It has not gone unnoticed

I recent­ly watched a few episodes of a Dutch tele­vi­sion pro­gram called The Hok­jes­man, trans­lat­ing to the Box­es Man. Dif­fer­ent groups of Dutch peo­ple are mild­ly iron­i­cal­ly scru­ti­nized in the pro­gram, and it always turns out that the box is much more colour­ful than you’d expect. In the episode about ‘Ani­mal Friends’ the Hok­jes­man vis­it­ed a pet fair, where peo­ple cel­e­brate their love of ani­mals while enjoy­ing a ham­burg­er. A woman was sell­ing a cocoon that can be used to bury a small pet: “A wor­thy farewell”.

Some­thing that the chick­ens (and ducks in the UK) who are slaugh­tered en masse because of bird flu can only dream of. Farm clear­ings are the inevitable result of a crazed bio-indus­try. Virus­es spread and devel­op in great pace and hurt huge num­bers of ani­mals. Live­stock farm­ing in Europe hasn’t had any­thing to do with romance for a long time. When I was in Corn­wall, the wife of the con­sul­tant said she was plan­ning to buy new chick­ens. The cou­ple that they had before had stopped lay­ing eggs because of old age, and after that lived anoth­er six months. She was hap­py to give them their retire­ment, but you obvi­ous­ly don’t find that on a large farm. Choic­es are made based on eco­nom­ic con­sid­er­a­tions and the vast major­i­ty of the pop­u­la­tion is not will­ing to pay more for their meat. In the fifties it was nor­mal or eat meat one or two times a week, what’s the prob­lem with going back to that?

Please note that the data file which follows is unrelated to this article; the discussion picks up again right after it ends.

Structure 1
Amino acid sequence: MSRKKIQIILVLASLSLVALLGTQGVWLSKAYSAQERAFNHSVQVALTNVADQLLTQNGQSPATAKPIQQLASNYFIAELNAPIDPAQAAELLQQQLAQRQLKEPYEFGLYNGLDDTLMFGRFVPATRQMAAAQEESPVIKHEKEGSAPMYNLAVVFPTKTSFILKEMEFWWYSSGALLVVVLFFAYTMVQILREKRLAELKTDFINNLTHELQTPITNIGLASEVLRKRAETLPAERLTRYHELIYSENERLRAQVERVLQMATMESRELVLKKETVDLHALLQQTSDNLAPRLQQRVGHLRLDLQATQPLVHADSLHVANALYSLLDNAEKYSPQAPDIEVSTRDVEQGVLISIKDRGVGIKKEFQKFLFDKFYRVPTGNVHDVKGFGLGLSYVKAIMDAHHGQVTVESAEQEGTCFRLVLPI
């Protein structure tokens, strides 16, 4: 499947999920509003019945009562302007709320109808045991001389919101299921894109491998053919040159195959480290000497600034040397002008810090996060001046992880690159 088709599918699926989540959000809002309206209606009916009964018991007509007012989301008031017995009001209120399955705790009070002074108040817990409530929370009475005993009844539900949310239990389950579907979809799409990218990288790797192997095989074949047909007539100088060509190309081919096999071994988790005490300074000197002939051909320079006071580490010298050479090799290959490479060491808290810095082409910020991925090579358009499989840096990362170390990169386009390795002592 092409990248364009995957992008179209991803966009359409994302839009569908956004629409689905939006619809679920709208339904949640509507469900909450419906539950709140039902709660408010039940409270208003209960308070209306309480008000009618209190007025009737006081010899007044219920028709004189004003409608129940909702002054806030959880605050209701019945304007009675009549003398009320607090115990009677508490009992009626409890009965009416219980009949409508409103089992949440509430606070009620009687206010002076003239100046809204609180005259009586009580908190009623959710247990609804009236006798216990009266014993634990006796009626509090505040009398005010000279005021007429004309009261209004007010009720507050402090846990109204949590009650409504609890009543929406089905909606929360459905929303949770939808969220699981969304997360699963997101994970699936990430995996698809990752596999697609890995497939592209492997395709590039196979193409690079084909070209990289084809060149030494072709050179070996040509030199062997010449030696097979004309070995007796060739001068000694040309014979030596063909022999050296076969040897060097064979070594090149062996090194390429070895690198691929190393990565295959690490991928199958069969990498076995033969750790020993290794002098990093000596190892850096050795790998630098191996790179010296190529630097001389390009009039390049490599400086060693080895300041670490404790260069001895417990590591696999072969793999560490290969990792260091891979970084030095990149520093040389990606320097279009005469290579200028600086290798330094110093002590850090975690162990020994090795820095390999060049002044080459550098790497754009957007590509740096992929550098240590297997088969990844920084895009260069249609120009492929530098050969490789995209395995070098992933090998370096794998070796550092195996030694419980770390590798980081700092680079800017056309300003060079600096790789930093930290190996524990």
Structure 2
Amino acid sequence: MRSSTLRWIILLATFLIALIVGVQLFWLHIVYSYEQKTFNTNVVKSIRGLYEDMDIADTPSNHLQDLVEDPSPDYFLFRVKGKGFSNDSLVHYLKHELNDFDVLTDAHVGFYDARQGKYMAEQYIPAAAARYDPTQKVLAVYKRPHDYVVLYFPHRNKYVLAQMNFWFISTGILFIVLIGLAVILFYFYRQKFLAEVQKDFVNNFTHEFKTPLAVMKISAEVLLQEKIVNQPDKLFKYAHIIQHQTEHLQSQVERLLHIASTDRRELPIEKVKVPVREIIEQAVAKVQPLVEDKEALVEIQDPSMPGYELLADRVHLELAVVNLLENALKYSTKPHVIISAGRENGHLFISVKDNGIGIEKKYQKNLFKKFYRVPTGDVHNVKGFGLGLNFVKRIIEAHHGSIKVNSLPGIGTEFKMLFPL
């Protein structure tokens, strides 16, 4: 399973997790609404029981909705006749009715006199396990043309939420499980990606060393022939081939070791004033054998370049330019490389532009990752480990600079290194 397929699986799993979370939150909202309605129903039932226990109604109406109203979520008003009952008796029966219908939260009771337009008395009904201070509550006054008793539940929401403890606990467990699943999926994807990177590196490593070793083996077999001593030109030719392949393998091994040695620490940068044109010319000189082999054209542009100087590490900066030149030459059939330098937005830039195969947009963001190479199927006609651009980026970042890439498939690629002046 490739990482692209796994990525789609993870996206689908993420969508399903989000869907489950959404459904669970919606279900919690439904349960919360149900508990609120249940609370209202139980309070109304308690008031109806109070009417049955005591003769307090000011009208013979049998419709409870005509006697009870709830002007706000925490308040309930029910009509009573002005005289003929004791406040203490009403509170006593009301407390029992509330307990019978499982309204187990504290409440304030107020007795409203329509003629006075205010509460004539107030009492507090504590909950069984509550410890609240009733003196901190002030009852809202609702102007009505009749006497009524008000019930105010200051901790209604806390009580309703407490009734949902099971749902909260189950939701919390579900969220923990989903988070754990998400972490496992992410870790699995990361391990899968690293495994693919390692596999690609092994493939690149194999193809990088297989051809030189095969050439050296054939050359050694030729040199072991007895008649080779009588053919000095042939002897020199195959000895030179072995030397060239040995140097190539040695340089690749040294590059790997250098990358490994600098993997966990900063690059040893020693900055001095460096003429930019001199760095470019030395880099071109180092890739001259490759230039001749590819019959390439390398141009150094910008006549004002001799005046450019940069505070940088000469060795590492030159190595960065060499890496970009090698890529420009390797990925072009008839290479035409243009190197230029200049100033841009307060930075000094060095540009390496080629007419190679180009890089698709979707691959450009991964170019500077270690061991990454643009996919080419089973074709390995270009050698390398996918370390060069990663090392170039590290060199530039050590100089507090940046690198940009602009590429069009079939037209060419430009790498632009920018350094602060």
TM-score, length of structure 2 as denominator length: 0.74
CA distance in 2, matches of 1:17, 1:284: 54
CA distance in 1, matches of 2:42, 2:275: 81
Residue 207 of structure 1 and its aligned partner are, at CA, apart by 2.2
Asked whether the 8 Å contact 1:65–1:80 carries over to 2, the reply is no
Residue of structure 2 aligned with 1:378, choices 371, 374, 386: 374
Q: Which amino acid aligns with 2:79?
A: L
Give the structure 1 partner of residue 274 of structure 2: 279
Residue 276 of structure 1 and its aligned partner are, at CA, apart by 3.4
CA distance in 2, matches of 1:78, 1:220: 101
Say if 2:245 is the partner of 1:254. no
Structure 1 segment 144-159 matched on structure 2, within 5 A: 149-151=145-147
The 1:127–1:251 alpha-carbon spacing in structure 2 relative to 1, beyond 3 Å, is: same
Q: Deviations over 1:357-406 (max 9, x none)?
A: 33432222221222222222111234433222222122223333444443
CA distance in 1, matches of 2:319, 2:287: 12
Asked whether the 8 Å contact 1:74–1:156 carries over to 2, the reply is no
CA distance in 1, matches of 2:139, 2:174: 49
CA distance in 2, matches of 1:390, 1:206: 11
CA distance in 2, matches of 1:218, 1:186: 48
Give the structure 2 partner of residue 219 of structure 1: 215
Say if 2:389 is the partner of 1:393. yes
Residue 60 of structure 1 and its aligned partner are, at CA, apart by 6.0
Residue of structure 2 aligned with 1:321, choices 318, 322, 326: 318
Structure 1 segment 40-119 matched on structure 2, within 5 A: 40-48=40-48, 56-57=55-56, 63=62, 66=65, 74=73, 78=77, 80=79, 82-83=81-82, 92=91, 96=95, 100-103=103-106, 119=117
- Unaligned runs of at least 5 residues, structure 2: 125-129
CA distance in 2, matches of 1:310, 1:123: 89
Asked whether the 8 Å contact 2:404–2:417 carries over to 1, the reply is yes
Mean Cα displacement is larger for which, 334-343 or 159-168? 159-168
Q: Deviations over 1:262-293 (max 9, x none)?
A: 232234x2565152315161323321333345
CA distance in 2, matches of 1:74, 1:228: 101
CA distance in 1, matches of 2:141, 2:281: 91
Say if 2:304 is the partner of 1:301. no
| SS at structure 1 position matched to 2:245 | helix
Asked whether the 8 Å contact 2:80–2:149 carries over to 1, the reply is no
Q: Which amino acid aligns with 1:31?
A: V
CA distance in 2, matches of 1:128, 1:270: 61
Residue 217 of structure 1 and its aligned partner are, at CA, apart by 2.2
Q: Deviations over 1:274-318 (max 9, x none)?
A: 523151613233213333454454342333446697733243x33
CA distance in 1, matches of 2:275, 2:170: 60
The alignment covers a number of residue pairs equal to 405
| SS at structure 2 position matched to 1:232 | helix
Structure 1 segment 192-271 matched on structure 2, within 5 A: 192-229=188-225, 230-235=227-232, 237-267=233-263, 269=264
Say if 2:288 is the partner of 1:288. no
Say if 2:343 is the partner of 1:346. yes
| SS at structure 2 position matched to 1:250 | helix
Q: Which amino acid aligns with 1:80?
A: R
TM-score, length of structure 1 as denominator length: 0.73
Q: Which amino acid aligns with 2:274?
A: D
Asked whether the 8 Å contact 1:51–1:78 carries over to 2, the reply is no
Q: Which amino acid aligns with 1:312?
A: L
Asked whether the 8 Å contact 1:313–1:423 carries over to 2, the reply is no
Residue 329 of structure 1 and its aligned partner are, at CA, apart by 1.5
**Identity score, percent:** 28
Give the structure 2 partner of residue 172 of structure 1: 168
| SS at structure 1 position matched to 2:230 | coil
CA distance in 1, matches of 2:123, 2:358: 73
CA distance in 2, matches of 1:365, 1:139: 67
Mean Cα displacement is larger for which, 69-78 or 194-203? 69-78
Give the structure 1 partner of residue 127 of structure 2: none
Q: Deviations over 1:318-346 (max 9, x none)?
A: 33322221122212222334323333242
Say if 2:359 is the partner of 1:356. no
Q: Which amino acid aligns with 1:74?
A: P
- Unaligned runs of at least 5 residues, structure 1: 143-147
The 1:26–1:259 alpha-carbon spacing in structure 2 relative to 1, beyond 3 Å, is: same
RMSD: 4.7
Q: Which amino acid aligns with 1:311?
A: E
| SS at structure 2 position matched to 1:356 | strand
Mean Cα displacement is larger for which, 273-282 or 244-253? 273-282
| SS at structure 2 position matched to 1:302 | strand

In my opin­ion, meat eaters should at least be real­is­tic and famil­iar­ize them­selves with the way the cows, chick­ens and pigs spend their lives. That is not dif­fi­cult because the hor­rors of fac­to­ry farm­ing are wide­ly cap­tured on film. The web­site of 269life has some video clips from the Nether­lands. I do not want to look at that myself. The images that the Hok­jes­man made are heart­break­ing enough. He went to a rab­bit barn with Rem­co Stun­nen­berg. Dead rab­bits lay decay­ing between their (more or less) live com­pan­ions. At the end of the episode it appears that Rem­co has tak­en a dead rab­bit with him. The cocoon from the pet fair comes in handy now, because a sym­bol is raised. This rab­bit gets a funer­al and a cross on his grave:

It has been seen … it has not gone unno­ticed.